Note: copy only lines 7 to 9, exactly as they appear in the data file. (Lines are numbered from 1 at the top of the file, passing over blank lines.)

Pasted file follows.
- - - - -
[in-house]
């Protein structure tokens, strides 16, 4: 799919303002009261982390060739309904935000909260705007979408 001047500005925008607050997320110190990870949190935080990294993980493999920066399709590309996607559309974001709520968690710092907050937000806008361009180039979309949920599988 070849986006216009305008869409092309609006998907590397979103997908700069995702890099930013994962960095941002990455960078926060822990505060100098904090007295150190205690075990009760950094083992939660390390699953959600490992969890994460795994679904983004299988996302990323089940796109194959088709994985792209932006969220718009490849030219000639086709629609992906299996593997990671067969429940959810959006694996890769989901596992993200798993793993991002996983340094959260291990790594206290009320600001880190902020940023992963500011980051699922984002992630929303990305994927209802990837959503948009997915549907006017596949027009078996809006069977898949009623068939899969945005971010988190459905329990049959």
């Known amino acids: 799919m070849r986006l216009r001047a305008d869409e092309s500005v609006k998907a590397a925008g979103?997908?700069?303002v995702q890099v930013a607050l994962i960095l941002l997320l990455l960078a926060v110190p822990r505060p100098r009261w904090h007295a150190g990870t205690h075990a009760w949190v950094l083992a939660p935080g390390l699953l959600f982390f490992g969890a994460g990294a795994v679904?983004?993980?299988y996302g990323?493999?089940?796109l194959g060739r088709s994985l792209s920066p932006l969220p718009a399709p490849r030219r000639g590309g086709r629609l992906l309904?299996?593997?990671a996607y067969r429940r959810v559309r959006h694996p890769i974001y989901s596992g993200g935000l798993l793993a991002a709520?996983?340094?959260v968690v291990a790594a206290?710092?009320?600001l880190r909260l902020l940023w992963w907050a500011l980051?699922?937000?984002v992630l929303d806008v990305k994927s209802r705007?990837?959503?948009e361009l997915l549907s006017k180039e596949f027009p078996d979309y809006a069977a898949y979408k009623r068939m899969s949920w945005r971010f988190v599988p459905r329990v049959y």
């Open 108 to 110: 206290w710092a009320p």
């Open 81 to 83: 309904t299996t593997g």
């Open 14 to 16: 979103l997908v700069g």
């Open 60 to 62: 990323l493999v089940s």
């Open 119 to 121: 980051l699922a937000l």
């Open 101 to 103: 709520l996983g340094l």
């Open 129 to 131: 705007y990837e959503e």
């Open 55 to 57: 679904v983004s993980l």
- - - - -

């Open 60 to 62: 990323l493999v089940s």
């Open 119 to 121: 980051l699922a937000l």
């Open 101 to 103: 709520l996983g340094l």